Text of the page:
Dutchess Official Joins Election Lawsuit

Republicans, Conservatives challenge absentee ballot rule

Erik Haight, the Republican election commissioner for Dutchess County, is among the plaintiffs in a lawsuit filed by party officials to overturn a law that requires elections boards to determine the validity of absentee ballots before Election Day.

The lawsuit, filed Sept. 27 in state court in Saratoga County, also seeks to invalidate a law that extended a pandemic-era concession allowing people to cite the fear of COVID-19 as a reason to vote absentee.

Instituted in 2020, during the first year of the pandemic, the change spurred a surge in absentee voting and caused delays in finalizing vote counts.

Democrats cited the delays as the reason they enacted state legislation in December that allows county elections boards to review absentee ballots within four days of their receipt, rather than after the polls close. Elections offices operated under the that rule during the June and August primaries.

The legislation allows election boards to count provisional ballots within four days of elections. It also notes that if a person’s name on the voter registration list used by poll workers on Election Day has a notation indicating they earlier requested an absentee ballot, they can only vote using a provisional ballot, not the machine.

In a response to the lawsuit filed Oct. 5, the state Board of Elections said that more than 165,000 absentee ballots have been sent out for next month’s general election, including to military personnel and other U.S. citizens overseas, with more than 2,000 returned and ready for scanning.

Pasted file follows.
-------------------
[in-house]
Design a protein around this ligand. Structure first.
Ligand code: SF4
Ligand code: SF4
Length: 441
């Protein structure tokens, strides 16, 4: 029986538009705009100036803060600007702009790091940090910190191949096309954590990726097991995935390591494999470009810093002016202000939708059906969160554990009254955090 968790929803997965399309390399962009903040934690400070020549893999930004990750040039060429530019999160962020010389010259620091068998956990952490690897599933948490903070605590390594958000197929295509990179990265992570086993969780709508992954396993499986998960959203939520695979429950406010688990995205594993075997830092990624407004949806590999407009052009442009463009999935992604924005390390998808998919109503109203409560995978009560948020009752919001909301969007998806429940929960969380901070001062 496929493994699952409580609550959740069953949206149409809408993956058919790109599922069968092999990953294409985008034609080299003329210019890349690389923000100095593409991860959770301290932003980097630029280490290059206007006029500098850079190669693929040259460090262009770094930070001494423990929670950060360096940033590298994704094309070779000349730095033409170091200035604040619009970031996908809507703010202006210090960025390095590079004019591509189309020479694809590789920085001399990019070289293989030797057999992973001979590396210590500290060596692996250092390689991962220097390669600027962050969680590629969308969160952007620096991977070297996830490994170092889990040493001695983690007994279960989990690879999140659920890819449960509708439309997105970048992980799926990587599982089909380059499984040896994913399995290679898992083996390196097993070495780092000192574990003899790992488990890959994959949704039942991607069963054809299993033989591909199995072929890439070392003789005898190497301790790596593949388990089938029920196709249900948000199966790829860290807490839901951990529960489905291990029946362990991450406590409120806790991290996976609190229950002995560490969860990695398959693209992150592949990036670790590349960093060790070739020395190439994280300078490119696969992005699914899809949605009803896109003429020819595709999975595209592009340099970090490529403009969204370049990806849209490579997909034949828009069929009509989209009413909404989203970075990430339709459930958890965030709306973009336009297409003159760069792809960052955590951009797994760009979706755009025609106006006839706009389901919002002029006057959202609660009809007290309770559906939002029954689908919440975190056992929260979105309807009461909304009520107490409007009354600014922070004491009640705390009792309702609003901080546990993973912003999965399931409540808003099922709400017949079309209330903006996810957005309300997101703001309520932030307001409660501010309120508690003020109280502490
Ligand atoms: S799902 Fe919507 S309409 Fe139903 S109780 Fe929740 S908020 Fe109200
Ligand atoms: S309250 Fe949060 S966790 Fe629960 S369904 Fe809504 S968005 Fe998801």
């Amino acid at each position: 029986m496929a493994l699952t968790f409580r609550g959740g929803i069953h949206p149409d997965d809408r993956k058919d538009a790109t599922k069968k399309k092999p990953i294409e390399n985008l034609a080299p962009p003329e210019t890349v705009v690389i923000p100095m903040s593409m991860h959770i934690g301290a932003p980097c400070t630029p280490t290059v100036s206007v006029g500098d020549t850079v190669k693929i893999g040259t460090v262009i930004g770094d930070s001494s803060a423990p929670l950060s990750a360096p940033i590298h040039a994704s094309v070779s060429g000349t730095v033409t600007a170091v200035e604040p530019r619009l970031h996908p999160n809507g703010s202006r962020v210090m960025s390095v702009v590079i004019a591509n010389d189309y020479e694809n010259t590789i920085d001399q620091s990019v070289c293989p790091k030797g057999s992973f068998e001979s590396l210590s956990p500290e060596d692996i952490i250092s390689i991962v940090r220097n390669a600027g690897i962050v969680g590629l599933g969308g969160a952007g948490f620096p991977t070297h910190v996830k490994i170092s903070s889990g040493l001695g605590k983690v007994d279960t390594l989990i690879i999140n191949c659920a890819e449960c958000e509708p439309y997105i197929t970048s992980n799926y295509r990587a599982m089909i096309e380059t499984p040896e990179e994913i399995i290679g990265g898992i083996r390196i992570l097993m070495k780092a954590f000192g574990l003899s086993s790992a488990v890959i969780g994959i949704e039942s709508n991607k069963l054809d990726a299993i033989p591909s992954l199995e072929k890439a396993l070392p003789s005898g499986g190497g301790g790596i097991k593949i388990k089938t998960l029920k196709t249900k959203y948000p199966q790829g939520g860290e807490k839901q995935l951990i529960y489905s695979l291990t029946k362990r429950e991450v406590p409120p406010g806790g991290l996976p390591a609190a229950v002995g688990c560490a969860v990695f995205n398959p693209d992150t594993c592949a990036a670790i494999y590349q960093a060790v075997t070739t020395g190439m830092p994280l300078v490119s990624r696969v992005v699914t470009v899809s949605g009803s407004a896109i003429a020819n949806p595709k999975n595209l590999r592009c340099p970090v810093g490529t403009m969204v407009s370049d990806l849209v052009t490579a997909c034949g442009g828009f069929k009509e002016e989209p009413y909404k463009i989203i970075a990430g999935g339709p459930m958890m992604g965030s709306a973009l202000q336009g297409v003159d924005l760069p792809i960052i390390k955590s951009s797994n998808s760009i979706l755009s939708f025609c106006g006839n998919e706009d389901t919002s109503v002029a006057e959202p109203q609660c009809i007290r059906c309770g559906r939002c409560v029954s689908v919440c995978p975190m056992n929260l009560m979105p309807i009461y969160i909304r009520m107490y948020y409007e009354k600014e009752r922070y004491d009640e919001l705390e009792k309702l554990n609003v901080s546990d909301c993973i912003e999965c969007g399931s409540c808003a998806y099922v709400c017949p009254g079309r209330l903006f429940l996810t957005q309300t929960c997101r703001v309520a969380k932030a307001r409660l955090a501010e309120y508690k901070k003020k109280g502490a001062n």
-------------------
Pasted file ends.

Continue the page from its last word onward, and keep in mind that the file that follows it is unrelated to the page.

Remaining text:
The board asked Judge Dianne Freestone to dismiss the lawsuit, arguing that siding with the plaintiffs would disenfranchise “thousands of voters” and potentially delay the election. It accused the plaintiffs of filing the lawsuit knowing it could cause “tremendous disruption to the orderly unfolding of the election process.”

In addition to Haight, the lawsuit is being brought by the chairs of the state Republican and Conservative parties, Republican elected officials and a second Republican elections commissioner, from Erie County.

They claim that the new rules violate the state Constitution, which specifies that residents be allowed to vote absentee when away from their county of residence or because of “illness or physical disability”; conflict with existing laws; and make it harder for elections workers to catch invalid or fraudulent ballots.

“The rules that we had prior to this law were just fine,” Haight told Gothamist. “Nobody that needed an absentee, for all the excuses permitted under the law, was prohibited from having an absentee.”

Haight and the other plaintiffs argue that preventing voters who requested an absentee ballot from casting a vote by machine deprives them of their right to change their minds about candidates.

In addition, the plaintiffs are asking the court to strike down a law enacted in January that extended a pandemic-era concession allowing voters to cite a fear of COVID-19 as a reason for using an absentee ballot.

“Let’s face it, the pandemic is over,” said Haight. “So to continue pandemic-era rules in perpetuity is inherently flawed.”

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